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  1. Chef/owner Andrea Benatti is from Modena in Emilia-Romagna, and does an upscale, authentic take on the food of his homeland. I think this is pretty obviously a tough location, a neighborhood I usually visit for modest Brazilian and Portuguese food. But there's enough craft and care going on to make a point of checking it out.

    The short menu emphasizes fresh herbs, housemade fresh pastas, and grilled or roast meats. Grilled vegetables are a perfect example of an eminently simple Emilian dish, beautifully embellished with real aged balsamic vingear (not hard to tell the real thing). The standouts are the pastas and risotti: very fresh with deeply flavored sauces, including a creamy risotto (maybe not enough resistance in the center of the rice) with foraged mushrooms and truffles, featherweight potato gnocchi with in a light pesto, and airy mushroom-stuffed agnolotti in a gorgeous clear broth of vegetables and fresh herbs.

    Meat entrees show similar Northern Italian simplicity and heartiness, like roast pork with oven-browned lasagna on the side (oozing fontina, very rich). Desserts are brilliant, like a "terrine" of Campari panna cotta and orange semifreddo: original, clever, delicious. The wine list is smart if not terribly bargain-rich, a few modest Tuscan bottles to balance the pricey Barolos and Amarones.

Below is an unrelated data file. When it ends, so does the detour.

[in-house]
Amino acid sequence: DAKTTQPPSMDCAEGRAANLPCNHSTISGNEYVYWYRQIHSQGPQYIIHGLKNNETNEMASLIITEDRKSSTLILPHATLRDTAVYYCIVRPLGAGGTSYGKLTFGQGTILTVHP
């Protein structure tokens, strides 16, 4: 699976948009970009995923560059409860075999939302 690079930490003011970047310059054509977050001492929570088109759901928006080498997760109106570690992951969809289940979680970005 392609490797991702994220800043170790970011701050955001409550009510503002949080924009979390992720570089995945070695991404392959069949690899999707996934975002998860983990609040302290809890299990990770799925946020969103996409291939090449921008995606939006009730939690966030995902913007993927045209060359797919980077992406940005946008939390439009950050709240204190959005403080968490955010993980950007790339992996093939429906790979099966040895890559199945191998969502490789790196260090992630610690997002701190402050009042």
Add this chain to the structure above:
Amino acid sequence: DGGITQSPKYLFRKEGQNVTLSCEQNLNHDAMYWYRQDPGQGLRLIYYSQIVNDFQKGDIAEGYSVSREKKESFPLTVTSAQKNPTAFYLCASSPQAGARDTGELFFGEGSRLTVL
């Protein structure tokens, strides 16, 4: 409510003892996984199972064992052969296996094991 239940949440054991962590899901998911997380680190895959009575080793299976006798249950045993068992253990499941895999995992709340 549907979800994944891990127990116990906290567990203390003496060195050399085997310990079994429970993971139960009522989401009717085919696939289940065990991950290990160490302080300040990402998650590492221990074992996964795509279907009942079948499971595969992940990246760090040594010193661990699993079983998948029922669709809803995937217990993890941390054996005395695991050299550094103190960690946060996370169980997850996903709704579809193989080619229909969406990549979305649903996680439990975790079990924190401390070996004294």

Service is friendly and attentive, the Brazilian co-owner running the intimate, modern-looking dining room (stucco, backlit mirrors, abstract art, leather chairs). We really enjoyed it and will be back: I just hope it can survive in a neighborhood that isn't used to this level of fine dining.

    6 Replies
    1. re: MC Slim JB

      If Oleana can make it, why not Benatti?

      1. re: phosho

        Oleana has free parking across the street, a great patio, and a lower price point; Sortun also had something of a following when she opened, from her work at Casablanca. I hope Benatti makes it anyway.

        1. re: MC Slim JB

          Oleana also brings something immediately distinctive to the table with its upscale North African menu. Setting aside Benatti's quality (and Oleana's for that matter), how distinctive does "upscale Italian" sound to Boston's restaurant scene?

          1. re: finlero